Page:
Going into the season, the Kansas City were the trendy pick to – if not win the AL Central – at least be the Detroit Tigers most dogged competition. Right now – those talented young Royals are an abysmal 3-14… the worst record in the major leagues, not just the AL Central.
The question is… did folks massively overestimate how good that team was likely to be? Do they have any chance at all to contend in this division? There might be a little of that – while the Royals are a young team that figured and figures to get some gains through the development of the players already on the roster, they also got some amazing years from players in 2011 that weren’t likely to be repeated. In particular I’m thinking of the production that they got from Jeff Francoeur, Alex Gordon and Melky Cabrera – Cabrera is gone and the other two have gotten off to cold starts this April. And bear in mind, that 2011 team did some good things but they only won 72 games. In KC they hoped that shutdown closer Joakim Soria would be a big part of the teams push to respectability – and he’s lost for the year.
It seems that most of what has been going on isn’t a Royals team that is unexpectedly bad but rather a team that has not come through in the clutch. Some guys aren’t playing well – this is true in KC and elsewhere – but there are other guys that are hitting and pitching much better than expected, like Alcides Escobar, Yuniesky Betancourt and catcher Humberto Quintero on the offensive end Danny Duffy, Aaron Crow and Jonathan Broxton on the mound. In composite stats, the team is 9th in the AL in xFIP and 6th in the AL in wOBA (significantly better than those Tigers mashers). In both cases – probably quite what the teams fans were hoping for, but not really far off from unvarnished expectations.
While the team is getting hits and they are getting outs, they aren’t necessarily doing either at the right time. If we look at Win Probability Added (WPA) for the Royals, Win Probability adjusted by Leverage Index (WPA/LI) and the composite ‘clutch’ stat generated by subtracting the latter from WPA/pLI (and I really don’t want to get into unnecessary details) we get a sad picture that fully explains the Royals deviation from the expected. WPA/LI is a decent measure of how ‘good’ a batter or pitcher has been, WPA is the best available measure of how much they have actually contributed to their team’s record by doing those good or bad things. In terms of WPA/LI the Royals as a team score -0.08, zero is ‘average’ so the Royals are trivially close while they might not be on the right side. In unadjusted WPA they score a -3.09. That’s about a 3 win difference if we simply compare the two – so the Royals clutch stat is a league worst -2.57.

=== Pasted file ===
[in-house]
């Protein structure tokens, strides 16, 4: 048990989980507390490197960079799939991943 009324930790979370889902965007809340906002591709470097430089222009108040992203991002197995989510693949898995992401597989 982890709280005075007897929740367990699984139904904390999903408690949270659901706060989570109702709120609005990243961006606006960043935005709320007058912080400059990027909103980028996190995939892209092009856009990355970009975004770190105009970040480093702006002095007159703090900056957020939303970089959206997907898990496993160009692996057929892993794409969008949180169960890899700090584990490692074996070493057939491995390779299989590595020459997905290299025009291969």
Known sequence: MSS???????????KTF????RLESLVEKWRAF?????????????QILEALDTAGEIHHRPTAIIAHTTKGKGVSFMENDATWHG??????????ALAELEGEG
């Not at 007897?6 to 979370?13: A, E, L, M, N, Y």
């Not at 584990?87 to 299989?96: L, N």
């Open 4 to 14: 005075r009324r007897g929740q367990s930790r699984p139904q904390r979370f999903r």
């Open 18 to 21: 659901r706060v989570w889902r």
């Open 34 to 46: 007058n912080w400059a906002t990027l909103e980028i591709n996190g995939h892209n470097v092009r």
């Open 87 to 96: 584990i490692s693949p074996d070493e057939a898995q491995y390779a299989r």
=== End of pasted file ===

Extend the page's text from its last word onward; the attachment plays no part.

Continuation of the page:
The same is true on the pitching side, unfortunately (for a Royals fan, not for a Tigers fan): the team’s WPA/LI suggests a team that is, indeed, below average (-0.83) but a raw WPA far worse at -2.43 giving a clutch stat of . While some Royals starters have pitched pretty poorly so far (Jonathan Sanchez and Luis Mendoza) that is fully reflected in their WPA/LI – the real culprits as far as bad clutch pitching have been members of the bullpen (Broxton and Greg Holland in particular) who have struggled at exactly the wrong times. Bear in mind that while the Twins are also a bad team, as they were last year, their WPA and WPA/LI stats come and came much closer to matching – they aren’t getting outs at the wrong times, they aren’t getting outs. If you ask me which team will do better from here on out, I’d say the Royals will and I’d be surprised if they did remain in the cellar for long. That said – they don’t quite look like a team surging to the top at this point and digging out of such a big early hole wouldn’t be easy for anyone.
Topics: Kansas City Royals